Lung cancer

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These are some of the most relevant factors that increase the risk of lung cancer:

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● Smoking is the most important risk factor for lung cancer. Smoking tobacco causes almost 10 different cases of lung cancer in men and about 8 out of 10 cases of lung cancer in women. The earlier you start smoking, the longer you smoke, and the more cigarettes you smoke per day, the higher your risk of lung cancer. The risk is also higher if you smoke a lot and drink alcohol every day or take beta-carotene supplements. If you have quit smoking, your risk will be lower but you will still be at higher risk than people who have never smoked
● Secondhand smoke, which is the combination of the smoke that comes from a cigarette and the smoke exhaled by a smoker. When you inhale it, you are exposed to the same cancer-causing agents as smokers, although in smaller amounts.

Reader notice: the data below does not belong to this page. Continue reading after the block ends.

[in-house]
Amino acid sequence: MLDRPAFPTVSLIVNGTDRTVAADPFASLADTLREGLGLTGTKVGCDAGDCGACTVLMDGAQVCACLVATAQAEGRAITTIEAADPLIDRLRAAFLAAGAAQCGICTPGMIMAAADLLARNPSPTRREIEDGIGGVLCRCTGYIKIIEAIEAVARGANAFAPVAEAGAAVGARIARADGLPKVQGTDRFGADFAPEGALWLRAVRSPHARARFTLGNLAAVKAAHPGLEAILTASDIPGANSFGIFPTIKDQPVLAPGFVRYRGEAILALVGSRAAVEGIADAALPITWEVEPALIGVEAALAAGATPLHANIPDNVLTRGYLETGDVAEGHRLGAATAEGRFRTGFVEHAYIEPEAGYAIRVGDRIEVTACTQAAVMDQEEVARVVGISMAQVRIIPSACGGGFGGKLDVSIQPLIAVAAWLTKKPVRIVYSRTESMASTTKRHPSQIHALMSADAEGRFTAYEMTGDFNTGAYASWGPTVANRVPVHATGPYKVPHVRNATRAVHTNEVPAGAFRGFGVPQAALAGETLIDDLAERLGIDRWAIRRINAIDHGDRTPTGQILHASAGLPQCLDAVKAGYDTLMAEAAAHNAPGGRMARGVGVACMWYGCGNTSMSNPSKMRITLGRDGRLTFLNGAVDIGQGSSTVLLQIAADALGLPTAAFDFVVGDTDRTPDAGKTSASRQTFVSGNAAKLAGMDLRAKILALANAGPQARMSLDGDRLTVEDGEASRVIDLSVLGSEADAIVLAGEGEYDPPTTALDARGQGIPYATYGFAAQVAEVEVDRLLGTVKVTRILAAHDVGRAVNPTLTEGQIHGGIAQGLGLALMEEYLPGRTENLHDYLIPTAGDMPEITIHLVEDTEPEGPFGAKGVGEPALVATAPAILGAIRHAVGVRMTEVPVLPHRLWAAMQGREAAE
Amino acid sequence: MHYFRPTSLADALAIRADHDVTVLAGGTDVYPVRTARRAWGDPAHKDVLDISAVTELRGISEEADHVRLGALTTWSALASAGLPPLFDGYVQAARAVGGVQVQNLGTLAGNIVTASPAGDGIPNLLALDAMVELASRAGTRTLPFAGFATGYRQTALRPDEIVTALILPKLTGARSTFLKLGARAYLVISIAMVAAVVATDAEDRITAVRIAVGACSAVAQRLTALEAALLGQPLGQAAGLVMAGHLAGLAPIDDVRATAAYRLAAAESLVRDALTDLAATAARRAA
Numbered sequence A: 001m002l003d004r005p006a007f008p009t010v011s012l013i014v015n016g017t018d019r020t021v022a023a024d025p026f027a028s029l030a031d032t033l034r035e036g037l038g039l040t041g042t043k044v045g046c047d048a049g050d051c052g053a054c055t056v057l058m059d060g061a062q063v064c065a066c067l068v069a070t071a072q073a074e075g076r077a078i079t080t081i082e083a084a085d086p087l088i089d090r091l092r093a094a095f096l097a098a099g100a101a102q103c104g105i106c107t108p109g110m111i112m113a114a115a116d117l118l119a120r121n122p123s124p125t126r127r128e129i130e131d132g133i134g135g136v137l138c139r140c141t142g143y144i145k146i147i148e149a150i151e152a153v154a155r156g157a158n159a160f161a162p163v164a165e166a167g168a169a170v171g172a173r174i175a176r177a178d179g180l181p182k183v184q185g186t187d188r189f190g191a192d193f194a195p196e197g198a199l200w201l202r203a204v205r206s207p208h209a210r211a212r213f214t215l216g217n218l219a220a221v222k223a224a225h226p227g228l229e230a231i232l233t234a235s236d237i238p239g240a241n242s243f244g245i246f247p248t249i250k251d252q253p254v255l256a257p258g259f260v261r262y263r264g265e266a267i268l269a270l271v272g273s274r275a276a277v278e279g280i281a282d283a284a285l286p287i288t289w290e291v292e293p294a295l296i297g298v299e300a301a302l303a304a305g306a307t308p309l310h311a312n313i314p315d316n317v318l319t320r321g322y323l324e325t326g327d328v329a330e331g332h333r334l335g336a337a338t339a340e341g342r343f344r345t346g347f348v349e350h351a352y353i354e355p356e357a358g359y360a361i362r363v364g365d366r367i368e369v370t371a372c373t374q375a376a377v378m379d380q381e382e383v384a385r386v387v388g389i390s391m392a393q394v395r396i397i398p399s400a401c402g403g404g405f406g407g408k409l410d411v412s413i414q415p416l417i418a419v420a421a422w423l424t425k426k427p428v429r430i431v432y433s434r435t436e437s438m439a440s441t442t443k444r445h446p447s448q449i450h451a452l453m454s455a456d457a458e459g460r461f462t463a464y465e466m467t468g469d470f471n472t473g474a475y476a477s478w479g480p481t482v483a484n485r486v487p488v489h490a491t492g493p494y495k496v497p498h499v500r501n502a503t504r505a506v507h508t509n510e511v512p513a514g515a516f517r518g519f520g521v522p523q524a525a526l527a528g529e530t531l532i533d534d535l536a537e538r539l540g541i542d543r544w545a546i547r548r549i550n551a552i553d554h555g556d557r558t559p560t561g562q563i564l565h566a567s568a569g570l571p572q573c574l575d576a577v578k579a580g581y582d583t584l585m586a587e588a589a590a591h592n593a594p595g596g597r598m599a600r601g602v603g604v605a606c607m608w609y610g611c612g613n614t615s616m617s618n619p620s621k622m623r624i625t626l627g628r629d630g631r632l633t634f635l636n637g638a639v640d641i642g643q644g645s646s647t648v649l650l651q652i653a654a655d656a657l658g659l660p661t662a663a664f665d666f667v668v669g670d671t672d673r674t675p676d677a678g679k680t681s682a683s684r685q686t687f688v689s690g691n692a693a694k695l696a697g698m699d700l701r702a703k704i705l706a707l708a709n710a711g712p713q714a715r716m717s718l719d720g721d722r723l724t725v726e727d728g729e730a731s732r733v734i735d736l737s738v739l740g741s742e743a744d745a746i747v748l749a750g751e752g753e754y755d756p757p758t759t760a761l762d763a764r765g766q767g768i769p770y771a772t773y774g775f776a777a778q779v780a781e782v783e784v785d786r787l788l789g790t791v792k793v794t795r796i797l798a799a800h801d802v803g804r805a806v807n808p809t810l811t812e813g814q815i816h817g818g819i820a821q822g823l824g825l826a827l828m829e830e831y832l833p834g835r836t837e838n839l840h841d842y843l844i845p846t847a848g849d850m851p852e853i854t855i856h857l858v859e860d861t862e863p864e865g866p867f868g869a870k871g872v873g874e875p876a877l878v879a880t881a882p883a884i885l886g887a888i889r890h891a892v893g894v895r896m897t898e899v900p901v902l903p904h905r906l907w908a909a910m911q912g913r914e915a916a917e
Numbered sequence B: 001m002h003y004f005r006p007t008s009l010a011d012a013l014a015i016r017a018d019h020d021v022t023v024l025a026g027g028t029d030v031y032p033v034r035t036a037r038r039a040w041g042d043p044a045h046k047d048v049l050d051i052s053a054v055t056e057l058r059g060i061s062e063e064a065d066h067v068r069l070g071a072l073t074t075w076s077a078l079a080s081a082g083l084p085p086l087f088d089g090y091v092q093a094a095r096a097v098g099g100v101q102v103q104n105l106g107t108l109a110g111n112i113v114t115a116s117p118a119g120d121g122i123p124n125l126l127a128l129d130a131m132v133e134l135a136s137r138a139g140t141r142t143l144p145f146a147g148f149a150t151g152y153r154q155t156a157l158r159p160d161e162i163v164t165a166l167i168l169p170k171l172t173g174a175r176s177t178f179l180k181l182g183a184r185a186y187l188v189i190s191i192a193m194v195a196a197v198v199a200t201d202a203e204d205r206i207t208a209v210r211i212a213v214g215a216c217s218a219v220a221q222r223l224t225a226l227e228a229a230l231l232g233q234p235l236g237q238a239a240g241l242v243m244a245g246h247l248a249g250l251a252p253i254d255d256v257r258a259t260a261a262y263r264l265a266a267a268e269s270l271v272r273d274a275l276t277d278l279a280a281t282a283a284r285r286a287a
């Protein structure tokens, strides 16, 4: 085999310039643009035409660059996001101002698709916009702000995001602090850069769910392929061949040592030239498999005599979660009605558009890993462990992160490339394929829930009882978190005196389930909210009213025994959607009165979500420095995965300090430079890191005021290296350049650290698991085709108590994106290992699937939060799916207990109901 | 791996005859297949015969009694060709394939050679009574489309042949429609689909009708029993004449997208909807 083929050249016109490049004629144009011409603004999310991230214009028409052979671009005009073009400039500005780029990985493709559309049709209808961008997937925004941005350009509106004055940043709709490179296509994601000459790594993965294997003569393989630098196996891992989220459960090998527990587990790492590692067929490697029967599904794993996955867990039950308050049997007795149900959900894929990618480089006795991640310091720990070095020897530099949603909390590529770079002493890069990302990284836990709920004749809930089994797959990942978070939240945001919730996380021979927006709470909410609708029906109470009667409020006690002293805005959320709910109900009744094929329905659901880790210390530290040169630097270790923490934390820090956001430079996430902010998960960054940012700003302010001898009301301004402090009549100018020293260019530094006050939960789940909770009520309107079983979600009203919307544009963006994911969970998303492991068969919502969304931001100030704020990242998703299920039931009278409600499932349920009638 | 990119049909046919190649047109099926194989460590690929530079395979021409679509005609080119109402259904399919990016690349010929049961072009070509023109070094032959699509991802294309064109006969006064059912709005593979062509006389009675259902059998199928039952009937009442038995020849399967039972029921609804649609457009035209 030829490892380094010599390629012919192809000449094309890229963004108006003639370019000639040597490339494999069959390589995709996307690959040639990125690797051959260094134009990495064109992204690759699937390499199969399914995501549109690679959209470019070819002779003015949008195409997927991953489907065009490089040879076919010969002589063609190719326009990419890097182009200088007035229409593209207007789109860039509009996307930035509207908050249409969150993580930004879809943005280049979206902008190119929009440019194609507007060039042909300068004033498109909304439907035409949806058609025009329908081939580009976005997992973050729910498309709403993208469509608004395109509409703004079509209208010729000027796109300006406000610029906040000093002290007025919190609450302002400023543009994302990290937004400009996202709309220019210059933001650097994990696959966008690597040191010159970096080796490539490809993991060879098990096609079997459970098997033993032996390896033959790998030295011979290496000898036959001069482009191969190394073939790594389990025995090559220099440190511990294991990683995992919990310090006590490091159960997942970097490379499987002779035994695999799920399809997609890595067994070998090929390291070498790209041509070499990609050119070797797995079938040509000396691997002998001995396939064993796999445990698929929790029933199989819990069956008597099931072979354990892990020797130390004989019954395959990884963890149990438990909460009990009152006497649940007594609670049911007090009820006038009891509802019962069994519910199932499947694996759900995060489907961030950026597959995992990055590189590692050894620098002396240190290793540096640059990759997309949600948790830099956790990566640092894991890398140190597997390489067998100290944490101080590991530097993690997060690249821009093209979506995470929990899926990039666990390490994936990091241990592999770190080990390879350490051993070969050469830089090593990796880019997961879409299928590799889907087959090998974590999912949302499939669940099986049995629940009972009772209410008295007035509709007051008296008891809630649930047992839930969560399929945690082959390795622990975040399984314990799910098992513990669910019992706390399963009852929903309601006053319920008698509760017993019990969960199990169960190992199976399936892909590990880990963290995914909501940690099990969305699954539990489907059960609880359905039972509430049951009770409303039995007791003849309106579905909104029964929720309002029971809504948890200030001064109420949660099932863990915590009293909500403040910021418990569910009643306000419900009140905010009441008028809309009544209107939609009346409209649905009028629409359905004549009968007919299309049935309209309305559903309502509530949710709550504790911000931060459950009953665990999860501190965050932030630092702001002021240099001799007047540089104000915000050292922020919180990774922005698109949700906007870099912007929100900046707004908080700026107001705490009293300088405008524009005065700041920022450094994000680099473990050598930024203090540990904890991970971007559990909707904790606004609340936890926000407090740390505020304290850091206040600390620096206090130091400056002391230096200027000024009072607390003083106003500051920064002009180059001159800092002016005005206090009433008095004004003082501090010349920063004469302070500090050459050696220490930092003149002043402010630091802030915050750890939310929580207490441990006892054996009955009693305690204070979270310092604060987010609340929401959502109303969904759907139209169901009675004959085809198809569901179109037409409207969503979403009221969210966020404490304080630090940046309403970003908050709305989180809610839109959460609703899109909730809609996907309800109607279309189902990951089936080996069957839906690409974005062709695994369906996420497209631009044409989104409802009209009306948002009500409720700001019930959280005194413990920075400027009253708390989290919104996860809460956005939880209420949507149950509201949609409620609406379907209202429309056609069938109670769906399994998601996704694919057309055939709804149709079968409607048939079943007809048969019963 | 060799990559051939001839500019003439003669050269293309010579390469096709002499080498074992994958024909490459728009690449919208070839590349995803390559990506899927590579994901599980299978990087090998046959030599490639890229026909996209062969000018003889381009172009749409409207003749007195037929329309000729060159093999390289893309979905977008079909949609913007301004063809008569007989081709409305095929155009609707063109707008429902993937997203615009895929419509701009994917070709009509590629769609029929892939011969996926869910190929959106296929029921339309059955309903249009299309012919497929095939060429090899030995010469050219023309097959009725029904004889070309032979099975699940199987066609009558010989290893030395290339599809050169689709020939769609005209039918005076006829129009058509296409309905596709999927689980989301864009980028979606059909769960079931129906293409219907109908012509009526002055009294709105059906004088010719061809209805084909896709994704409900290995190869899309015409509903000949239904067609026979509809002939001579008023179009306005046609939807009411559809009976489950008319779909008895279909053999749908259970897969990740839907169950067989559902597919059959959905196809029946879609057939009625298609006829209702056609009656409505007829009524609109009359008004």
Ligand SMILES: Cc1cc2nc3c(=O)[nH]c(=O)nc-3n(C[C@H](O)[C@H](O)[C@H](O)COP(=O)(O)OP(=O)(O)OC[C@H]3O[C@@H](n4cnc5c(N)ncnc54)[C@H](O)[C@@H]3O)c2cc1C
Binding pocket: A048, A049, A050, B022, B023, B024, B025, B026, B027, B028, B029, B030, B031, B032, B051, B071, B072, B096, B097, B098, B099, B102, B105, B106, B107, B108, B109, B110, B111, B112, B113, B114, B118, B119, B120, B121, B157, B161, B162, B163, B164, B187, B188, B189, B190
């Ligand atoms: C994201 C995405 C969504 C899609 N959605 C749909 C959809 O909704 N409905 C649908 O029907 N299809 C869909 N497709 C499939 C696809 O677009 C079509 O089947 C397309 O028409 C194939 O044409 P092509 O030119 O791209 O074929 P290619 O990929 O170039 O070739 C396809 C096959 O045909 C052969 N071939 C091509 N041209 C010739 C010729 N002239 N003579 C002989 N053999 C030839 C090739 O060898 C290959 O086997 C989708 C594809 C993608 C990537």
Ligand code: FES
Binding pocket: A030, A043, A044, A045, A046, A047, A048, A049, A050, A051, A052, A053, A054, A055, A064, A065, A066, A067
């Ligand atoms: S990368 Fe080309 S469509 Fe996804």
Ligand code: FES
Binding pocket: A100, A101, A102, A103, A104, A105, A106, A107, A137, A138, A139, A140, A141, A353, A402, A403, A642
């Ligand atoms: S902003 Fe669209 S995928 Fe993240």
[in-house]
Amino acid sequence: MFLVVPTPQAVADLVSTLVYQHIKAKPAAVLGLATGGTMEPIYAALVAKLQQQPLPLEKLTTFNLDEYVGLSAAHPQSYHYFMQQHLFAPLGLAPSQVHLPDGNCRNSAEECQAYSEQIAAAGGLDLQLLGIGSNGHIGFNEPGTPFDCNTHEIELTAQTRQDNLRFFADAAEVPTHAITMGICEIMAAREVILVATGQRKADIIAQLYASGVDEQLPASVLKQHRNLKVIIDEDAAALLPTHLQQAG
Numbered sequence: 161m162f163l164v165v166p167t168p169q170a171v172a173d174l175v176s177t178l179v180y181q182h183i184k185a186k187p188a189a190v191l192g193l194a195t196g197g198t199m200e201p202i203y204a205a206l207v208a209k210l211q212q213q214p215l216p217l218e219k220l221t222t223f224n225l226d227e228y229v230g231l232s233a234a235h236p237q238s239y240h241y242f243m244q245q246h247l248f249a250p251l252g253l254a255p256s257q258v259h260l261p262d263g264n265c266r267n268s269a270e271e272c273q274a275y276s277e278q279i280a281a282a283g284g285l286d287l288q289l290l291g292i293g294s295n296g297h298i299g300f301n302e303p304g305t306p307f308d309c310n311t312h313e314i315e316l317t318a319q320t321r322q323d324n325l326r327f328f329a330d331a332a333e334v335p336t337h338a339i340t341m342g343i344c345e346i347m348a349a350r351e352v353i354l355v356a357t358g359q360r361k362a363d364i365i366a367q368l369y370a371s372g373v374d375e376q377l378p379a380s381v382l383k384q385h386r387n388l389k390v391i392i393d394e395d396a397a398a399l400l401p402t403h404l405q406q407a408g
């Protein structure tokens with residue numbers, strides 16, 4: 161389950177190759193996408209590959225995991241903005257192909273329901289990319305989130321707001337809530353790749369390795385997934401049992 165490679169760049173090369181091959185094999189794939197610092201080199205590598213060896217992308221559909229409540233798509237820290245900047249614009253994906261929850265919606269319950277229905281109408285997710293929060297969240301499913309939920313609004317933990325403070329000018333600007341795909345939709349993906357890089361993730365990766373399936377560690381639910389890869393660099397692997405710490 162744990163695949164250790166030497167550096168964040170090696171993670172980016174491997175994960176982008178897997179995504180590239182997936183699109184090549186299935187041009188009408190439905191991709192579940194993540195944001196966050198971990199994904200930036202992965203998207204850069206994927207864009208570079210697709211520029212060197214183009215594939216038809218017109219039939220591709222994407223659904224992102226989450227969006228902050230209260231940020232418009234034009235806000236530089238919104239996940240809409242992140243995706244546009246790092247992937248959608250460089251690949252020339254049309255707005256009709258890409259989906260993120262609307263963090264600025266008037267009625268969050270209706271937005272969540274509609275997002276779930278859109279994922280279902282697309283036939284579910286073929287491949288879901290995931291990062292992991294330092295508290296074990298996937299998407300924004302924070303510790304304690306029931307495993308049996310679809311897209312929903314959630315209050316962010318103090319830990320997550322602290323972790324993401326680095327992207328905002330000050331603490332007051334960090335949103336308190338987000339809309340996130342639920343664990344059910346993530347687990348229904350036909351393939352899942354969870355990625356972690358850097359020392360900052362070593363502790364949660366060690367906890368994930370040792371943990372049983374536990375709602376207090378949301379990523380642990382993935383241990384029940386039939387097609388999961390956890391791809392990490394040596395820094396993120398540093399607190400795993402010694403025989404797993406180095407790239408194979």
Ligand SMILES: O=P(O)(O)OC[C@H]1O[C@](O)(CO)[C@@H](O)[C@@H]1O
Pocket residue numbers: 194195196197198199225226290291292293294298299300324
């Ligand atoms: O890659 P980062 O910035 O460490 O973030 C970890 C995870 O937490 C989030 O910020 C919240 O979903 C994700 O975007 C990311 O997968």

● Family history of lung cancer.
● Being exposed to asbestos, arsenic, chromium, beryllium, nickel, soot, or tar in the workplace
● Being exposed to radiation, such as radiation therapy to the chest or chest
● Radon exposure; a radioactive gas that has no smell, color, or taste. Radon is produced from the natural radioactive decay of uranium, which can be found in the home or workplace.
● Certain imaging tests, such as CT scans . ●
HIV infection.

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